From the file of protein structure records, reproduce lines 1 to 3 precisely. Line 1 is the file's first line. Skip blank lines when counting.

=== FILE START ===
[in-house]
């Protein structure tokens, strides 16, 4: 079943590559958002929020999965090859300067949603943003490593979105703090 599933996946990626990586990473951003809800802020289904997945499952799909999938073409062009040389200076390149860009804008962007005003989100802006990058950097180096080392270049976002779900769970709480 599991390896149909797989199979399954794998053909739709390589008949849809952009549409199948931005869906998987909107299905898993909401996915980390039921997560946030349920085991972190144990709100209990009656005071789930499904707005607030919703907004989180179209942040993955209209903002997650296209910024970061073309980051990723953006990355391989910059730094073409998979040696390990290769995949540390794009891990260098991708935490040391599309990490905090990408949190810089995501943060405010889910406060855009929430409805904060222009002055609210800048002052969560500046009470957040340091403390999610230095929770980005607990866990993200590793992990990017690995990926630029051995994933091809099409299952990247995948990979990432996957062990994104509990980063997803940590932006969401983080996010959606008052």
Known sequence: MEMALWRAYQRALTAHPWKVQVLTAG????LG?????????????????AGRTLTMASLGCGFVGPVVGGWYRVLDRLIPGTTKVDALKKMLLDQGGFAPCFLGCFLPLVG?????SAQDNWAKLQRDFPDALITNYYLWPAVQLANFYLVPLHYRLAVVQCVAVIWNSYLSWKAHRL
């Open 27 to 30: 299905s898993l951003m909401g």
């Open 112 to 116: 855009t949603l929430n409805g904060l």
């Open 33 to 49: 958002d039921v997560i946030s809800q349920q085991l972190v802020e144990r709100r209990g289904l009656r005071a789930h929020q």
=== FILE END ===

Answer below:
[in-house]
């Protein structure tokens, strides 16, 4: 079943590559958002929020999965090859300067949603943003490593979105703090 599933996946990626990586990473951003809800802020289904997945499952799909999938073409062009040389200076390149860009804008962007005003989100802006990058950097180096080392270049976002779900769970709480 599991390896149909797989199979399954794998053909739709390589008949849809952009549409199948931005869906998987909107299905898993909401996915980390039921997560946030349920085991972190144990709100209990009656005071789930499904707005607030919703907004989180179209942040993955209209903002997650296209910024970061073309980051990723953006990355391989910059730094073409998979040696390990290769995949540390794009891990260098991708935490040391599309990490905090990408949190810089995501943060405010889910406060855009929430409805904060222009002055609210800048002052969560500046009470957040340091403390999610230095929770980005607990866990993200590793992990990017690995990926630029051995994933091809099409299952990247995948990979990432996957062990994104509990980063997803940590932006969401983080996010959606008052």
Known sequence: MEMALWRAYQRALTAHPWKVQVLTAG????LG?????????????????AGRTLTMASLGCGFVGPVVGGWYRVLDRLIPGTTKVDALKKMLLDQGGFAPCFLGCFLPLVG?????SAQDNWAKLQRDFPDALITNYYLWPAVQLANFYLVPLHYRLAVVQCVAVIWNSYLSWKAHRL